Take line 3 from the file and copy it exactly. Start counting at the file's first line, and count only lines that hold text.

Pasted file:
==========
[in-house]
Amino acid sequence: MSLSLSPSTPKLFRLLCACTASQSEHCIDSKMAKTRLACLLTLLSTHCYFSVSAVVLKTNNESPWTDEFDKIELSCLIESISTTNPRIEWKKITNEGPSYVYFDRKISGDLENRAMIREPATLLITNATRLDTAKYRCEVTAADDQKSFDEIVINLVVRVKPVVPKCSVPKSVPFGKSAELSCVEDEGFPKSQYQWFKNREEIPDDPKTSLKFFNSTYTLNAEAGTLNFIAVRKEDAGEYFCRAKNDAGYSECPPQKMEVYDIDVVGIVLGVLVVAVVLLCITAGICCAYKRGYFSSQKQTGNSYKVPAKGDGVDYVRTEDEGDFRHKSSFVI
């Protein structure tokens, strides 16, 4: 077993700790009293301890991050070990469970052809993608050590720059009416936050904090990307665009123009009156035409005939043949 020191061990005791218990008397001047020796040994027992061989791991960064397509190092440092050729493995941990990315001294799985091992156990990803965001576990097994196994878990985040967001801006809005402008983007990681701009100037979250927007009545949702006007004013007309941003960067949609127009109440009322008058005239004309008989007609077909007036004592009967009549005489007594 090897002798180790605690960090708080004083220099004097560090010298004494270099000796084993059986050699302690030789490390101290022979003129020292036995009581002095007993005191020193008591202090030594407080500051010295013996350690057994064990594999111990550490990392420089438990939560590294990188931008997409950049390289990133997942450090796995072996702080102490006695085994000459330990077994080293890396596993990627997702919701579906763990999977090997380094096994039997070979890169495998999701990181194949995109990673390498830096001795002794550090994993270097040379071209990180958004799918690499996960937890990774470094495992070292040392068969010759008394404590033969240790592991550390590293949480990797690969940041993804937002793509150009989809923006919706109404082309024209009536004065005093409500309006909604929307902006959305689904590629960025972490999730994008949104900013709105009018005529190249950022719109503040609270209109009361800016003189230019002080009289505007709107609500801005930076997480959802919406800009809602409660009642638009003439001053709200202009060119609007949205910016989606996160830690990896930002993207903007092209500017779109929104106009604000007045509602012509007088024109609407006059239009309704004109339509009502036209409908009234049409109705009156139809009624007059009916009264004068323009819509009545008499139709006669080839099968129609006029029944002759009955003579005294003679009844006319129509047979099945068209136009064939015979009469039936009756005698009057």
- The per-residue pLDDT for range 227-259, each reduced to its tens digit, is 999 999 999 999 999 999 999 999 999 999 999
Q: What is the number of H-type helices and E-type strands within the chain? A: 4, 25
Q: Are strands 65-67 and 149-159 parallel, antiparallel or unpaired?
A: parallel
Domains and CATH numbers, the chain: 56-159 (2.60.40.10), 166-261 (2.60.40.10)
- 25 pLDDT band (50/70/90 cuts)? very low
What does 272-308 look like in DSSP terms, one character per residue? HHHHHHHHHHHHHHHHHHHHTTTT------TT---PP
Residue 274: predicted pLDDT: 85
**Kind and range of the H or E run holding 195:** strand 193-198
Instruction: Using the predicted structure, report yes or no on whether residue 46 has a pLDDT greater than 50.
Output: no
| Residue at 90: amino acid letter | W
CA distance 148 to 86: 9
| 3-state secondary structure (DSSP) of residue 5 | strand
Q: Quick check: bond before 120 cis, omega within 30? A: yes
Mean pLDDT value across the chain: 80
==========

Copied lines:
């Protein structure tokens, strides 16, 4: 077993700790009293301890991050070990469970052809993608050590720059009416936050904090990307665009123009009156035409005939043949 020191061990005791218990008397001047020796040994027992061989791991960064397509190092440092050729493995941990990315001294799985091992156990990803965001576990097994196994878990985040967001801006809005402008983007990681701009100037979250927007009545949702006007004013007309941003960067949609127009109440009322008058005239004309008989007609077909007036004592009967009549005489007594 090897002798180790605690960090708080004083220099004097560090010298004494270099000796084993059986050699302690030789490390101290022979003129020292036995009581002095007993005191020193008591202090030594407080500051010295013996350690057994064990594999111990550490990392420089438990939560590294990188931008997409950049390289990133997942450090796995072996702080102490006695085994000459330990077994080293890396596993990627997702919701579906763990999977090997380094096994039997070979890169495998999701990181194949995109990673390498830096001795002794550090994993270097040379071209990180958004799918690499996960937890990774470094495992070292040392068969010759008394404590033969240790592991550390590293949480990797690969940041993804937002793509150009989809923006919706109404082309024209009536004065005093409500309006909604929307902006959305689904590629960025972490999730994008949104900013709105009018005529190249950022719109503040609270209109009361800016003189230019002080009289505007709107609500801005930076997480959802919406800009809602409660009642638009003439001053709200202009060119609007949205910016989606996160830690990896930002993207903007092209500017779109929104106009604000007045509602012509007088024109609407006059239009309704004109339509009502036209409908009234049409109705009156139809009624007059009916009264004068323009819509009545008499139709006669080839099968129609006029029944002759009955003579005294003679009844006319129509047979099945068209136009064939015979009469039936009756005698009057």